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beautiful web photos - small files - HOW

I've been putting up graphics and photos on the web for a long time.  Right now I am starting on a new website that has a gallery of photos.  Still, after all of this time I think I am failing to do justice to these photos.  I most often just pick the photo, use Save for Web .. figure out which is better looking jpg or gif and consider the file size and save it.

I've read about optimizing photos in different areas within a picture, but to be honest, I'm trying to wear a lot of hats and this is not the only thing I do, so time is important in getting a photo ready.  Still I yearn for that crystal clear photo that seems to come up so quickly on a web page.  Therefore I'd like to ask photoshop users (since that is my software of choice) if there is something obvious I might be able to do to improve on this skill right off the bat.  Is there a plugin that would help?  I know it's a general question but i'm seeking some direction in this matter.  Thanks

linque
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linque
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linque
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evilswan666Commented:
linque,

hello! first of all i'd say that you need to be using jpg almost totally for photos. Graphics and other images with solid areas of colour can be saved as gif for a good file size, but jpg really helps retain some of the texture and detail that gif ignores (and does this, basically, by faking it!).

the first and obvious thing i'd say to look at is: pixel size!

if your images don't need to be big, then reduce them in size. if they're destined for the web then remember that people only have a certain amount of monitor to play with when you take into account the browser and the many toolbars people have installed these days. i use 700 x 500 as my rule of thumb. So, there's nothing wrong with resizing your image down to 400 x 300.

a smaller image is always a better starting point and means you don't have to apply as much compression.

lets explore the save for web dialog box:

open an photo and resize it if necessary, then choose save for web.
select "2up" from the top line of tabs so you get the original and optimised side by side.
choose jpg high from the preset dropdown.
note the filesize in the bottom left of the optimised panel, and drop the quality slider by increments of 5 or so until the quality starts to look unacceptable then bring it back up slightly.

now the dark art.. look at your original and back at your optimised and make the judgement call - does it need to be higher quality... can i get away with this filesize? only you can decide this!

also, bear in mind that more and more people are getting DSL or cable and that filesize can be made more generous as time goes by.

lastly, you could learn how to slice the image up in imageready, and then output the page as an html table with images of differing quality on the same web page. this is a great technique but fairly time consuming if you have a lot of images!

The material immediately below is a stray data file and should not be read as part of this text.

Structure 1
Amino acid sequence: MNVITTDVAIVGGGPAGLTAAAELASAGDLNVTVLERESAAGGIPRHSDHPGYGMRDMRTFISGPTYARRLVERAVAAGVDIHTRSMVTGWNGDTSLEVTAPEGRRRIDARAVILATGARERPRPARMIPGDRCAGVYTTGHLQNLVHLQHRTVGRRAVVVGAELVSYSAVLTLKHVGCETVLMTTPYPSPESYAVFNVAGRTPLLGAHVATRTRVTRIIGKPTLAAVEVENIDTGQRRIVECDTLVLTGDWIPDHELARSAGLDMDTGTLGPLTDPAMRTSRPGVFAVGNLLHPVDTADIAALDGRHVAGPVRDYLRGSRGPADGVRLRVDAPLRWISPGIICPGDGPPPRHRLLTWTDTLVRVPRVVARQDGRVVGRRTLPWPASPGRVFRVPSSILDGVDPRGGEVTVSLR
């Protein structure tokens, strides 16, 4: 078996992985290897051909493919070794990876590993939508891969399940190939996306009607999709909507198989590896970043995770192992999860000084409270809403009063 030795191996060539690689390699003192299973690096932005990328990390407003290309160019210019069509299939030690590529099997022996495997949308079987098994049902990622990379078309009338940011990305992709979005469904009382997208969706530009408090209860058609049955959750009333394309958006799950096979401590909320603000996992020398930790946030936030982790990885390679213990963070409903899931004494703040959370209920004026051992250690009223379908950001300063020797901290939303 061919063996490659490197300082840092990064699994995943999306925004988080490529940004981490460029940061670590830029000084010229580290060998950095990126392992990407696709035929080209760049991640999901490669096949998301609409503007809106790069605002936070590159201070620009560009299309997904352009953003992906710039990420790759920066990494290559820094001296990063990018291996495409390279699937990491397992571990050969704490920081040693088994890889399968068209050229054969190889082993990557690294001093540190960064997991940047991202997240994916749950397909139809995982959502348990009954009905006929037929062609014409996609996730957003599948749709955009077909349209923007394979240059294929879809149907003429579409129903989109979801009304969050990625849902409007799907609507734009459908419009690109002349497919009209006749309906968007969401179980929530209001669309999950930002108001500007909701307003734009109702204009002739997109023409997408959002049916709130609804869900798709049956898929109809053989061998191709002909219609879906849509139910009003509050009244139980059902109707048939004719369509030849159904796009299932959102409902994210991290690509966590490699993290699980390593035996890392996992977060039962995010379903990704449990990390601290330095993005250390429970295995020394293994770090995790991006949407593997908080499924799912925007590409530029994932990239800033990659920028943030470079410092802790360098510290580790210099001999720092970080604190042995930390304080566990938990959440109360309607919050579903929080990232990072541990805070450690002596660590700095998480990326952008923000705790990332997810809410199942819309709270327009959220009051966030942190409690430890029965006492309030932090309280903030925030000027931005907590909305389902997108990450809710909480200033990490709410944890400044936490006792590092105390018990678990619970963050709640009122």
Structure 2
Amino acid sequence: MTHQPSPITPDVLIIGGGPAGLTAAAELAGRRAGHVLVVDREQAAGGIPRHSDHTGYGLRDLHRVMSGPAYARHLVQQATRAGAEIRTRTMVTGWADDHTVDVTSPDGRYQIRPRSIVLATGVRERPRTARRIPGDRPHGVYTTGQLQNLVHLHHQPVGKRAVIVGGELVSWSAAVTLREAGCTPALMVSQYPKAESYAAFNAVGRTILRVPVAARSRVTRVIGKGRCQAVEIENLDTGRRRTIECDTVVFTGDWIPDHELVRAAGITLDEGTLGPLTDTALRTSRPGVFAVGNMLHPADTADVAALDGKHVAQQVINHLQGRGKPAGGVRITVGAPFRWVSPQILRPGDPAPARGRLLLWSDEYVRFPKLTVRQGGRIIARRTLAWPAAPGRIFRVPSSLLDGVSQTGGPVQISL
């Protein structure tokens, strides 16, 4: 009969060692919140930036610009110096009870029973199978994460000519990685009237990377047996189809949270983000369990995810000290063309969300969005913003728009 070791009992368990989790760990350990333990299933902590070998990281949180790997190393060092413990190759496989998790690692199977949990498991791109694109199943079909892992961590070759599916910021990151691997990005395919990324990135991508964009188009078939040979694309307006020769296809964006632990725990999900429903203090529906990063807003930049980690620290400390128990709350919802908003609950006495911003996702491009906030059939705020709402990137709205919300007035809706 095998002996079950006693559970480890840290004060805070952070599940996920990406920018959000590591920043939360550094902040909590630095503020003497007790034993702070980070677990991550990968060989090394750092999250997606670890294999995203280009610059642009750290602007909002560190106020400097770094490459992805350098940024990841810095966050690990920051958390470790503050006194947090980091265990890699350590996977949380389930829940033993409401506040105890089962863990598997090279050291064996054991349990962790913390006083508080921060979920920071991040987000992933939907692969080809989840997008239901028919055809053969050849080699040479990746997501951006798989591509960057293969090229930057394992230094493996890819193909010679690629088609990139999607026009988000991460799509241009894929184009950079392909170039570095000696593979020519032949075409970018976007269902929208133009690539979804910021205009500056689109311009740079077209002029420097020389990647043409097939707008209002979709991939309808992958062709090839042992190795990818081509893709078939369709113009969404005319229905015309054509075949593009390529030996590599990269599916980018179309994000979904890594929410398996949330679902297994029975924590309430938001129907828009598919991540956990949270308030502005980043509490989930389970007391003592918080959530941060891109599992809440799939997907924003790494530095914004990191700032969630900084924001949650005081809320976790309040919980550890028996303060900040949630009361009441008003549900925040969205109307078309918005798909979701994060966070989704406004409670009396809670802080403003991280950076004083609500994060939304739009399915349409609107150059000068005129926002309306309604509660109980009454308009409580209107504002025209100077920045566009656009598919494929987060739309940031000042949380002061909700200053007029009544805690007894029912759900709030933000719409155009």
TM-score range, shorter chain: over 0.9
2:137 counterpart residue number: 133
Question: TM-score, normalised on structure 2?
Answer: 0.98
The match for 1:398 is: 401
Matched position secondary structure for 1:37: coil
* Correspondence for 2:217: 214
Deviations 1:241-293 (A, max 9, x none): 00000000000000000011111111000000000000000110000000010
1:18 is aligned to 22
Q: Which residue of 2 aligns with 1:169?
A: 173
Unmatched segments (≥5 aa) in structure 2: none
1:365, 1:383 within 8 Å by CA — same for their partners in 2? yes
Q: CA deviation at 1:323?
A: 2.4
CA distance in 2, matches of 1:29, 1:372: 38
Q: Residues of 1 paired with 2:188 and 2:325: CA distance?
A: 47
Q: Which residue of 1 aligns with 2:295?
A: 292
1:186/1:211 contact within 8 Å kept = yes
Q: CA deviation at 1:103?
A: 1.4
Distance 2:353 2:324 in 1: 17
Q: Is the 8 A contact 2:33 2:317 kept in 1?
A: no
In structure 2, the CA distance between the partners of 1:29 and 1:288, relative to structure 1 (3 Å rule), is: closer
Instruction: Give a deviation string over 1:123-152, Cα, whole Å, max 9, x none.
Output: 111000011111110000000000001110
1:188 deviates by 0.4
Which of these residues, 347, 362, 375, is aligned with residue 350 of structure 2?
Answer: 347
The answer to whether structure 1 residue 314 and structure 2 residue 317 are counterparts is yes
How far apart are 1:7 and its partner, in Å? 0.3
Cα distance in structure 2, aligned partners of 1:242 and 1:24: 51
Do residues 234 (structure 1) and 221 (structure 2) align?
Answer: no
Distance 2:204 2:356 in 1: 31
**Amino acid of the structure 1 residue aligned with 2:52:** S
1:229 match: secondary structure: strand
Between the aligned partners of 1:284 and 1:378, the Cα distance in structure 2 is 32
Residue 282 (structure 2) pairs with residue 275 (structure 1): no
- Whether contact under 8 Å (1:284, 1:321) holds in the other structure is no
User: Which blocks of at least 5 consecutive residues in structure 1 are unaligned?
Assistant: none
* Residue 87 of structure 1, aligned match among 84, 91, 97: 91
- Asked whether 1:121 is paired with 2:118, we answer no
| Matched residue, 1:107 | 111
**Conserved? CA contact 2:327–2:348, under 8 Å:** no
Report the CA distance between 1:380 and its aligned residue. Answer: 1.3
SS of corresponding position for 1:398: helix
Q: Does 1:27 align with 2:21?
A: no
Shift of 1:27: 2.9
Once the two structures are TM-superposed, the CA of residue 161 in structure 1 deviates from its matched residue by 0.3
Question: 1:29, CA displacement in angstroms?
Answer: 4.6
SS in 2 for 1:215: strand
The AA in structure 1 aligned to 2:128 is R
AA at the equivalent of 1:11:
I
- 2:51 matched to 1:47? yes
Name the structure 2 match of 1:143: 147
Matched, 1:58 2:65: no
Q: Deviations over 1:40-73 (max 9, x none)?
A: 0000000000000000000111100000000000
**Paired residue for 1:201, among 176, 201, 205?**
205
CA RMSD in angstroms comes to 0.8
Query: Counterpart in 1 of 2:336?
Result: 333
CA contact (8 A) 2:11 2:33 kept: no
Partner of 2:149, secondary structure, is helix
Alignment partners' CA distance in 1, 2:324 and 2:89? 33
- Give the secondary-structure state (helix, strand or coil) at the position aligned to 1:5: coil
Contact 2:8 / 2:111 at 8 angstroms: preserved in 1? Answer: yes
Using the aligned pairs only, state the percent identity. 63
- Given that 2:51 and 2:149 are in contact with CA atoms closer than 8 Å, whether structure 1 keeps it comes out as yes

good luck!

-the swan.
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jl_forumCommented:
Hi linque,
    Just for info, when I do my web stuff, I always use Photoshop to optimize my jpegs. When you save JPEG, you can choose what "quality" to save at. The degradation at levels is not that bad, yet file size becomes drastically smaller. Ideally, I use this to scale it (make sure it doesn't save thumbnails of it to save space).
    Additionally, the main difference between GIF and JPG is color. 256 vs. thousands of colors makes a real difference but depends greatly what your picture is. A solid color in GIF is a lot smaller than one in JPEG.
    Finally, like evilswan said, cut up pics. Its tends to load faster. Enjoy.

            Sincerely,
                    JL
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Lobo042399Commented:
Hi  linque,

One easy and quick way to make your photos look sharper is by using the Auto adjustments in Photoshop. Open the Image>Adjustments menu and select Auto Contrast or Auto Levels to sharpen your image, the results of these simple tools can be fantastic.

Also, as Evilswan suggests, forget about GIF for photos; stick to JPG and use as little compression as possible. Another thing is, when working on your images, try to use the PSD format while you work and only Save As JPG for the final pic. The reason is that if you work in JPG format, every time you Save the image it'll compress more and more and it'll degrade.

That should get you started.

Good Vibes!

Lobo
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linqueAuthor Commented:
Thank you all very much!  I've been working on these "galleries" as they are called today and I will be implementing these ideas.  I had not tried the Auto Contrast or Auto Levels.  I have been selecting areas and using the brightness and contrast sliders since saving for the web seems to make the pics a lot darker.  

linque
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